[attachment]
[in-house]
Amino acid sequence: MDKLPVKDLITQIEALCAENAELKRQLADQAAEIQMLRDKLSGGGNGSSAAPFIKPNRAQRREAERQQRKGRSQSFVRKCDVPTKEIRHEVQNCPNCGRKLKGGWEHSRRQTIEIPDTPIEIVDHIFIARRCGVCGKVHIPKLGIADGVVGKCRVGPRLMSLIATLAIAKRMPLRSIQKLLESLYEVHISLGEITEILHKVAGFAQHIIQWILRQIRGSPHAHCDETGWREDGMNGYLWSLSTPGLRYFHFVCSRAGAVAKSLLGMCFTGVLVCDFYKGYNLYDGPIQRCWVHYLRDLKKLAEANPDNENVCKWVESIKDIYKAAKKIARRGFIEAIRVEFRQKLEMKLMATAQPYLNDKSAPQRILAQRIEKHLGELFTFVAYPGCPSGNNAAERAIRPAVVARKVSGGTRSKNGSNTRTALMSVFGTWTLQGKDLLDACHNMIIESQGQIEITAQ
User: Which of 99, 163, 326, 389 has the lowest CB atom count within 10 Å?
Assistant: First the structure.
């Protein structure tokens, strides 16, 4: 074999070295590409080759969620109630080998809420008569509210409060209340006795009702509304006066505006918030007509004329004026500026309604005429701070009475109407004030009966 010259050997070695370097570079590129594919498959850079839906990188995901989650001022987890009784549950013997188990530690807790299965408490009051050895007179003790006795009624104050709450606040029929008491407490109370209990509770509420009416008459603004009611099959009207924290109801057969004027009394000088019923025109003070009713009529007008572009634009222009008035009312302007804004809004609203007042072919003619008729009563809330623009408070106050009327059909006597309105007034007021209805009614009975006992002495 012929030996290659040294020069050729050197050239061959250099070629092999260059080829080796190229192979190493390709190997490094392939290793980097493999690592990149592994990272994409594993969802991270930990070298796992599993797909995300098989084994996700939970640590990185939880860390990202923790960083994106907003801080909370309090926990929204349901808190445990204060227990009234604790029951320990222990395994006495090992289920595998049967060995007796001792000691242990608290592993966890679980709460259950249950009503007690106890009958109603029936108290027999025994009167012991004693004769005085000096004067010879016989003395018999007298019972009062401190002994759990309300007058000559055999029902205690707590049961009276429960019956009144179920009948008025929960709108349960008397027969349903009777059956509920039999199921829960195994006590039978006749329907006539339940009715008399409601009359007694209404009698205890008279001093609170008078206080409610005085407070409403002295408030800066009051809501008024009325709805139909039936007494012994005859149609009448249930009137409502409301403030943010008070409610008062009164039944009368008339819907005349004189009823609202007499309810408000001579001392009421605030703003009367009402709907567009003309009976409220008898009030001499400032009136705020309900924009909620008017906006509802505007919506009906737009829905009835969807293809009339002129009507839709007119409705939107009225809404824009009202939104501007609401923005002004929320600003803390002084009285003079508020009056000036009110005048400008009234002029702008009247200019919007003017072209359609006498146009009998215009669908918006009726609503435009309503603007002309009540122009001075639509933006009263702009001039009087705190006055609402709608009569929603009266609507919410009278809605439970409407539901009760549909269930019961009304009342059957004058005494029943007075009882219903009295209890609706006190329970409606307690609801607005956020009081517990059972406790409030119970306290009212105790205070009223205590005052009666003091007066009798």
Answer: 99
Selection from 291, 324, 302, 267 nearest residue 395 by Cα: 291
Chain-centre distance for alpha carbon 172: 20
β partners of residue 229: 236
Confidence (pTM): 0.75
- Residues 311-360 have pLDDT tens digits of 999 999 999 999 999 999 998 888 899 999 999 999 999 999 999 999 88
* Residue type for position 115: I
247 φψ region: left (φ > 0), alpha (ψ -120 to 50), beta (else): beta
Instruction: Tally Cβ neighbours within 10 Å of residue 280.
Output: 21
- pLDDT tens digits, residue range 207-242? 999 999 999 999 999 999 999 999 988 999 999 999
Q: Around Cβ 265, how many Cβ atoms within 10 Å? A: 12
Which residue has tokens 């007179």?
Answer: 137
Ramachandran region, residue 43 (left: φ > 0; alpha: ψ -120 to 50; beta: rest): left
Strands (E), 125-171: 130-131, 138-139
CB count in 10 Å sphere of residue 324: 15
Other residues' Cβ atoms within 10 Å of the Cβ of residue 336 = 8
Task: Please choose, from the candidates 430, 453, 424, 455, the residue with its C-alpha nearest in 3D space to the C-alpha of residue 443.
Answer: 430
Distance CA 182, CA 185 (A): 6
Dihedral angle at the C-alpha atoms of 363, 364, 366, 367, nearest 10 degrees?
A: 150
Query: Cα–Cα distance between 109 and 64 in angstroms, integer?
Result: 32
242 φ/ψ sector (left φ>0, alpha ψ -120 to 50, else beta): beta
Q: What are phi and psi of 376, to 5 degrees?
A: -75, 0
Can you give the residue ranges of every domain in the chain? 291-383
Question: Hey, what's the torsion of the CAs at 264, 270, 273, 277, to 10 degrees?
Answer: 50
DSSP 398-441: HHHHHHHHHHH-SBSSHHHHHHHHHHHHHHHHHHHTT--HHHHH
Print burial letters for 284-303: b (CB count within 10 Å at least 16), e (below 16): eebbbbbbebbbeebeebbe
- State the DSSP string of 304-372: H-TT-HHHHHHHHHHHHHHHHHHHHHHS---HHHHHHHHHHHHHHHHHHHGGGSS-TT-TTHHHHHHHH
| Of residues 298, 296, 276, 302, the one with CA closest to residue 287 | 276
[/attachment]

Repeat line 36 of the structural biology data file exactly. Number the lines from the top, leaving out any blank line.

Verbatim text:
Answer: 50